101 Hoeft, S. E., Kulp, T. R. Han, S., Lanoil, B., Oremland, R. S. 2010. C oupled arsenotrophy in a hot spring photosynthetic biofilm at Mono Lake, California. Appl. Environ. Microbiol. 76, 46334639. Huang, A., Teplitski, M., Rathinasabapathi, B., Ma, L. Q., 2010. Characterization of arsenic resistant bacteria from the rhizosphere of arsenic hyperaccumulator Pteris vittata. Can J Microbiol. 56, 236246. Huang, X., El Alawi, Y., Penrose, D. M., Glick, B. R., Greenberg, B. M., 2004. Responses of three grass species to creosote during phytoremediation. Environ. Pollut. 130, 453463. Ishimaru, Y., Suzuki, M., Tsukamoto, T., Suzuki, K., Nakazono, M., Kobayashi, T., Wada, Y., Watanabe, S., Matsuhashi, S., Takahashi, M., Nakanishi, H., Mori, S., Nishizawa, N. K., 2006. Rice plants take up iron as an Fe3+ phytosiderophore a nd as Fe2+. Plant J. 45, 335346. Islam, F. S., Gault, A. G., Boothman, C., Polya, D. A., Charnock, J. M., Chatterjee, D., Lloyd, J. R., 2004. Role of metal reducing bacteria in arsenic release from Bengal delta sediments. Nature. 430 68 71. Jang, Y. C., T ownsend, T. G., Ward, M., Bitton, G., 2002. Leaching of arsenic, chromium and copper in a contaminated soil at a wood preserving site. B Environ Contam Tox. 69, 808816. Kaltreider, R. C., Davis A.M., Lariviere, J. P., Hamilton, J. W., 2001. Arsenic alter s the function of the glucocorticoid receptor as a transcription factor. Environ. Health Perspect. 109 245251. Kertulis Tartar, G., Ma, L. Q., Tu, C., Chirenje, T., 2006. Phytoremediation of an arsenic contaminated site using Pteris vittata L: a two year study. Int. J. Phytoremediation. 8, 311322. Kraemer, S. M., 2004. Iron oxide dissolution and solubility in the presence of siderophores. Aquat. Sci. 66, 318. Kuffner, M., Puschenreiter, M., Wieshammer, G., Gorfer, M., Sessitsch, A., 2008 Rhizosphere bacteria affect growth and metal uptake of heavy metal accumulating willows. Plant Soil. 304, 3544. Leung, H. M., Ye, Z. H., Wong, M. H., 2006. Interactions of mycorrhizal fungi with Pteris vittata (As hyperaccumulator) in As contaminated so ils. Environ Pollut. 139, 18. Liu, Z., Shen, J., Carbrey, J. M., Mukhopadhyay, R., Agre, P., Rosen, B. P., 2002. Arsenite transport by mammalian aquaglyceroporins AQP7 and AQP9. Proc. Natl. Acad. Sci. 99, 6053 6058.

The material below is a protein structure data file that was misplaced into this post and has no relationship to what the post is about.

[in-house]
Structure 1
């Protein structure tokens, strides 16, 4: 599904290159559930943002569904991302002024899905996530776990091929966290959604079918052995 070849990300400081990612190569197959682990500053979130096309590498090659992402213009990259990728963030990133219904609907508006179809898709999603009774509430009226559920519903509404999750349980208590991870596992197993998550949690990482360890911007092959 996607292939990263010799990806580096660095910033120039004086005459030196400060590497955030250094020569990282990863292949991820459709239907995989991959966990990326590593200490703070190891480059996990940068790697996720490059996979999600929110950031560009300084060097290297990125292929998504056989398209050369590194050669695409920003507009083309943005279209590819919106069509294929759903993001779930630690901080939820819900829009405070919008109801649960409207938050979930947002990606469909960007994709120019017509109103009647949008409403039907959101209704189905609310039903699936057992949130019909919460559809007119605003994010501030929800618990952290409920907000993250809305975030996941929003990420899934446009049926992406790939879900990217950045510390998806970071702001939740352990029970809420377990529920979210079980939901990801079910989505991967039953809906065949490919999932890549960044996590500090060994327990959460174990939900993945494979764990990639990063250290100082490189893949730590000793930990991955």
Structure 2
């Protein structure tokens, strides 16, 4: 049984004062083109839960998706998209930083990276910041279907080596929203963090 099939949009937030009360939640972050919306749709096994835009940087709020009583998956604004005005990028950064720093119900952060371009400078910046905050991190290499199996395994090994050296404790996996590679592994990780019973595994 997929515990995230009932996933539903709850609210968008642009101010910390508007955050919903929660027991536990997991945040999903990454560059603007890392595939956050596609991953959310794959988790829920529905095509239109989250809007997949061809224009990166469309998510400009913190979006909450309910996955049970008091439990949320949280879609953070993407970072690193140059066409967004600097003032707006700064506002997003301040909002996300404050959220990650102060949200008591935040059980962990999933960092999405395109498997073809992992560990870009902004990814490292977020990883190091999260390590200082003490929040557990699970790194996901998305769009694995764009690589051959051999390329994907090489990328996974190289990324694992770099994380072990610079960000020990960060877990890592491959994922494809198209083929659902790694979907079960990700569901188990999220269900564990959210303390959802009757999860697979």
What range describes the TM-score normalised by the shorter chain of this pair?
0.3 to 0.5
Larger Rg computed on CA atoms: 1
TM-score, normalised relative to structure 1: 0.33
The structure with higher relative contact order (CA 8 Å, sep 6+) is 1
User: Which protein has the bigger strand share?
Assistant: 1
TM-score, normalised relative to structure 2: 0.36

102 Lloyd, J. R., Oremland, R.S., 2006. Mic robial transformations of arsenic in the environment: from soda lakes to aquifers. Elements. 2, 8590. Luongo, L., Ma, L.Q., 2005. Characteristics of arsenic accumulation by Pteris and nonPteris ferns. Plant Soil. 277,117 126. Ma, L. Q., Komar, K. M., Tu, C., Zhang, W., Cai, Y., 2001. A fern that hyperaccumulates arsenic. Nature. 409, 579. Martell, A. E., Smith R. M., Motekaitis R. J., 2001. NIST critically selected stability constants of metal complexes. NIST standard reference database 46, Version 6.0, NIST Gaithersburg. Mathews, S., Ma, L. Q., Rathinasabapathi, B., Natarajan, S., Saha, U. K., 2010. Arsenic transformation in the growth media and biomass of hyperaccumulator Pteris vittata L. Bioresource Technol. 101, 80248030. Meng, X., Korfiatis, G. P., Jing, C., Christodoulatos, C., 2001. Redox transformations of arsenic and iron in water treatment sludge during aging and TCLP extraction. Environ. Sci. Technol. 35, 34763481. Natarajan, S., Stamps R.H., Saha U.K., Ma L.Q.. 2008. Phytofiltration of arsenic contaminated groundwater using Pteris vittata L.: Effect of plant density and nitrogen and phosphorus levels. International Journal of Phytoremediation 10, 222235. Natarajan, S., Stamps, R. H., Saha, U. K., Ma, L. Q., 2009. Effects of N and P le vels, and frond harvesting on absorption, translocation and accumulation of arsenic by Chinese brake fern (Pteris vittata L.). Int. J. Phytoremediation. 11, 313328. National Research Council,1999. Arsenic in Drinking Water (National Academy Press, Washing ton, DC,). Neilands, J. B., 1957. Some aspects of microbial iron metabolism. Bacteriol. Rev. 21, 101 111. Nordstrom, D. K., 2002. Worldwide occurrences of arsenic in groundwater. Science. 296, 21432145. Nriagu, J. O., 2002. Arsenic poisoning through the ages. Environmental Chemistry of Arsenic W. T. Frankenberger Jr., Ed. (Dekker, New York ). 1 26. Oremland, R. S. Stolz, J. F., 2003. The ecology of arsenic. Science. 300, 939. Parvatiyar, K., Alsabbagh, E. M., Ochsner, U. A., Stegemeyer, M. A., Smulian, A. G., Hwang, S.H., 2005. Global analysis of cellular factors and responses involved in Pseudomonas aeruginosa resistance to arsenite. J. Bacteriol. 187, 48534864.